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Tue, July 2, 2013 | RubinReports | By Barry Rubin

Egyptian military helicopters circled over Cairo with national flags attached, Monday July 1, 2013. (Photo: Suhaib Salem/Reuters)

 

The Egyptian army says it will not take power after all if its warning of a 48-hour deadline would be ignored by government and opposition.

But what will it do? Now the opposition has been given a real expectation that it can prod the army into action by continued demonstration.

And the regime can conclude that with the army bluffing it can escalate repression.

And the country’s economic situation will continue to worsen.

And the parliamentary elections are tied up in court disputes, with the country basically having no functioning parliament.

In other words, while the army doesn’t want to take power what will it do as conditions worsen?

And if it does nothing Egypt will eventually descend into real chaos.

So either the army will take over — directly or by appointing a new government (probably the latter) — or the Brotherhood will probably evolve into a dictatorship or the Brotherhood will lose the next election and leave power gracefully (hard to believe).

Meanwhile, opposition leaders rejoiced.

Tamarod spokesperson Mahmoud Badr welcomed the statement, according to the Egypt Independent:

“The army responding to the demands of the people crowns our movement,” he said, adding that Tamarod has embodied the will of the Egyptian people to demand early presidential elections.

Badr added:

“The army statement said our youth are the best in Egypt, opposing a year of what the newspaper called ‘a year of perceived fascism by the Muslim Brotherhood is ended and the revolution is put back on track’.”

Mohamed Abdel Aziz, another campaign leader, said:

“[President Muhammad] Morsi is no longer a president, we call on the masses to take to the streets and besiege [the] Qubba and Ettihadiya [presidential] palaces at 5 pm Tuesday.”

Today there is no government in Egypt.

Here is a list of a few July 2 protests from both sides:

Cairo
Static protests remain in Tahrir Square, outside the Presidential Palace at Itihadiya and at the Rabaa Al-Adaweya mosque in Nasr City. Further large demonstrations are likely at each of these locations on the evening of 2 July. Further protests are likely in the Moqqatam area of Cairo.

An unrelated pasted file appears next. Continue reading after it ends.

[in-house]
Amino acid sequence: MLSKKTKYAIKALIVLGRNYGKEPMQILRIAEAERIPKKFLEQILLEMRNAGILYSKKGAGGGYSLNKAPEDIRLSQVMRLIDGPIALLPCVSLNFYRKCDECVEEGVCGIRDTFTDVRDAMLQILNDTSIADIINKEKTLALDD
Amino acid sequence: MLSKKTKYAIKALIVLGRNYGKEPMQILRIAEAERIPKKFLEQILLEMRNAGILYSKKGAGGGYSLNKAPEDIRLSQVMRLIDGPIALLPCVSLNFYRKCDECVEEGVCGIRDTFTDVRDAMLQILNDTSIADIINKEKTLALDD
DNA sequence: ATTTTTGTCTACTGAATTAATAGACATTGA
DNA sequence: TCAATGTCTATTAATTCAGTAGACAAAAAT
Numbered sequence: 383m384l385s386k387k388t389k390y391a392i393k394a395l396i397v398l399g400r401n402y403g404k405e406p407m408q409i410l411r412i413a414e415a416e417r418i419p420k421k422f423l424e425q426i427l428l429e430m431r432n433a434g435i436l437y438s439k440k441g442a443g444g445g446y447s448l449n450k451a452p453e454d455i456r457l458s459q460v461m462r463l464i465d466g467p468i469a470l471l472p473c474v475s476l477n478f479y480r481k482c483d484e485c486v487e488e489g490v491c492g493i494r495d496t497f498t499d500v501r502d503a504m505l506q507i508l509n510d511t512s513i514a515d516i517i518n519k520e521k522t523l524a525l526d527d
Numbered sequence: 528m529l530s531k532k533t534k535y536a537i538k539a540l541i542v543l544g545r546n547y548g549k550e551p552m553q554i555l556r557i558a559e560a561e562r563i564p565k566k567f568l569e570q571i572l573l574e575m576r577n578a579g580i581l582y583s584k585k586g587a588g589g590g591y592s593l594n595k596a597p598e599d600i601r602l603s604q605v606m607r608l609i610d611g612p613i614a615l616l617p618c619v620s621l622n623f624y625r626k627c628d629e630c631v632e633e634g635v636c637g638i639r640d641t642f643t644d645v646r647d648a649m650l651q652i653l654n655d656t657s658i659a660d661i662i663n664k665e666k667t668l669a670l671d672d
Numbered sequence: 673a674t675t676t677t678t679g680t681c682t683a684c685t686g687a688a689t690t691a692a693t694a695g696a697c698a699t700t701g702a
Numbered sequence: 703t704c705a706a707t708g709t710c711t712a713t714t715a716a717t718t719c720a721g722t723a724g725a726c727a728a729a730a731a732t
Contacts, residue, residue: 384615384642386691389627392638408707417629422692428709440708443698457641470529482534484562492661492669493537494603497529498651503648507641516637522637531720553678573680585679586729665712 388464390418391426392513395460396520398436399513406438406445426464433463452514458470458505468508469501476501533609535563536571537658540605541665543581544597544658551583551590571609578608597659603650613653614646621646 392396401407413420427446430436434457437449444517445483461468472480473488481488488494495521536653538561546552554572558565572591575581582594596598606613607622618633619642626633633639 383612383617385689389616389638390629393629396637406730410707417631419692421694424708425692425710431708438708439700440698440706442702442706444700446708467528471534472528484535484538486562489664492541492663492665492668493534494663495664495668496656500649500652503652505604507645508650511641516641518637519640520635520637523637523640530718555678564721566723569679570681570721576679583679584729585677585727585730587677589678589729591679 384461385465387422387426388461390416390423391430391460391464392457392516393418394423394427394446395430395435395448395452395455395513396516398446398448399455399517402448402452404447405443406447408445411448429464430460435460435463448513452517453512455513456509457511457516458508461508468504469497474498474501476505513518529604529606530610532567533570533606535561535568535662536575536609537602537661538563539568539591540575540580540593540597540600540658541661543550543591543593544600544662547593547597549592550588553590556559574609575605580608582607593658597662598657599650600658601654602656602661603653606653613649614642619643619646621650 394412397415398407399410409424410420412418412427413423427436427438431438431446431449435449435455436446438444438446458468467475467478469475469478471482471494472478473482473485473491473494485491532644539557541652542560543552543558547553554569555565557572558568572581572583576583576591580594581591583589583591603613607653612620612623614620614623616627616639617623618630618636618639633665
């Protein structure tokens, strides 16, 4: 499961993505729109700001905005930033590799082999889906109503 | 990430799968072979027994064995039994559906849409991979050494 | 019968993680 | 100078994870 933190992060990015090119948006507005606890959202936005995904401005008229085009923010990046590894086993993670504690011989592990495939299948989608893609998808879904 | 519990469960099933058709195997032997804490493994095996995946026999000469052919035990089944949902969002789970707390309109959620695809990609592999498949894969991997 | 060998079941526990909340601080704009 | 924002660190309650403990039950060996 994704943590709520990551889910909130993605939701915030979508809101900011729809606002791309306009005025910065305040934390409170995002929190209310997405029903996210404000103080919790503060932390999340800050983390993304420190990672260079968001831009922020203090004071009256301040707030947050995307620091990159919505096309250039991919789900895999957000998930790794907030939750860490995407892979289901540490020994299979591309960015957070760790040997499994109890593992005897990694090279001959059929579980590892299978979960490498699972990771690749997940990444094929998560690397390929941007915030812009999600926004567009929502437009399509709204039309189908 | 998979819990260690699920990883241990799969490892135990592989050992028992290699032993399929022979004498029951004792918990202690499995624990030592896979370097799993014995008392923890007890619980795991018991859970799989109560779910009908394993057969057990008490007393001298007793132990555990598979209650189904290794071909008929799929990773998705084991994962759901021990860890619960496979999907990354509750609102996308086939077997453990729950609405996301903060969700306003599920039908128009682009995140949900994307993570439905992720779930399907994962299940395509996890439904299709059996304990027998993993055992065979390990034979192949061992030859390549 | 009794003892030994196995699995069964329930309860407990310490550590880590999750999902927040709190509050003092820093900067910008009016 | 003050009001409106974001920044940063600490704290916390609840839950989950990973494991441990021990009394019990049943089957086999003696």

On 2 July marches will begin in the early evening in the following areas:

— Shubra at Khalafawy Square then to Abu Wafya Bridge and Sekket al-Wayli en route to the Presidential Palace;

— Mattariya Square to Ter’et al-Gabal Street to the Presidential Palace Masr W’al Sudan Street to the Presidential Palace;

— Nour Mosque in Abbassiya then to Roxy Square, and then from al-Tahra bridge to Qubba palace.

Alexandria
Static protests are in place at the Sidi Gaber train station and the Ibrahim mosque.

Two anti-regime marches are planned to begin in the Victoria and Kaed Ibrahim areas, heading to Sidi Gaber.

Two marches in support of the President are planned, one to begin from the Sidi Bishr Mosque east of the Governorate, the other starting in the Bitash area west of the Governorate.

Luxor
Jamaa al Islamiya is organizing a march in Luxor beginning at 1900 from Abu Haggag Square around the main streets of the governorate and back to the starting point where they are planning to sit in.

Protests are likely in large towns in the Nile Delta, the cities on the Suez Canal and in large towns in Upper Egypt. Jamaa Islamiya is organizing marches in 11 governorates tonight.

Barry Rubin is director of the Global Research in International Affairs (GLORIA) Center and editor of the Middle East Review of International Affairs (MERIA) Journal. His next book, “Nazis, Islamists and the Making of the Modern Middle East,” written with Wolfgang G. Schwanitz, will be published by Yale University Press in January 2014. His latest book is “Israel: An Introduction,” also published by Yale. Thirteen of his books can be read and downloaded for free at the website of the GLORIA Center including “The Arab States and the Palestine Conflict,” “The Long War for Freedom: The Arab Struggle for Democracy in the Middle East” and “The Truth About Syria.” His blog is Rubin Reports. His original articles are published at PJMedia.


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